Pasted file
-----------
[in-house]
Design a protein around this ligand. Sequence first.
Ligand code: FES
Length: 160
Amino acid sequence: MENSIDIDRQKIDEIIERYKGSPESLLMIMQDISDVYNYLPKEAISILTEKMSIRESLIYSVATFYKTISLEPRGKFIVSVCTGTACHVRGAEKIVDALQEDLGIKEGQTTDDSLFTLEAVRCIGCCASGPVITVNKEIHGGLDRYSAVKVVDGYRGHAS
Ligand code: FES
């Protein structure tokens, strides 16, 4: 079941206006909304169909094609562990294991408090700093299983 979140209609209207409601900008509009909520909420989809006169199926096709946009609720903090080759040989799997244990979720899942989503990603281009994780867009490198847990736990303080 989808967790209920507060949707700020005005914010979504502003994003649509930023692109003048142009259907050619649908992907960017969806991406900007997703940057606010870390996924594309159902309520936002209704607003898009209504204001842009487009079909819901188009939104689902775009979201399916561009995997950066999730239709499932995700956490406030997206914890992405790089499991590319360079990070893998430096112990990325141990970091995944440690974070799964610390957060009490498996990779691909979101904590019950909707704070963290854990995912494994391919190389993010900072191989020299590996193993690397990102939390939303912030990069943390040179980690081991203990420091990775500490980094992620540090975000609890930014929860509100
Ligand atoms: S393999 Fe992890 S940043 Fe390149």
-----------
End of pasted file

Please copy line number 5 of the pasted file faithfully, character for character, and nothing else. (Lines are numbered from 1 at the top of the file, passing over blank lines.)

Amino acid sequence: MENSIDIDRQKIDEIIERYKGSPESLLMIMQDISDVYNYLPKEAISILTEKMSIRESLIYSVATFYKTISLEPRGKFIVSVCTGTACHVRGAEKIVDALQEDLGIKEGQTTDDSLFTLEAVRCIGCCASGPVITVNKEIHGGLDRYSAVKVVDGYRGHAS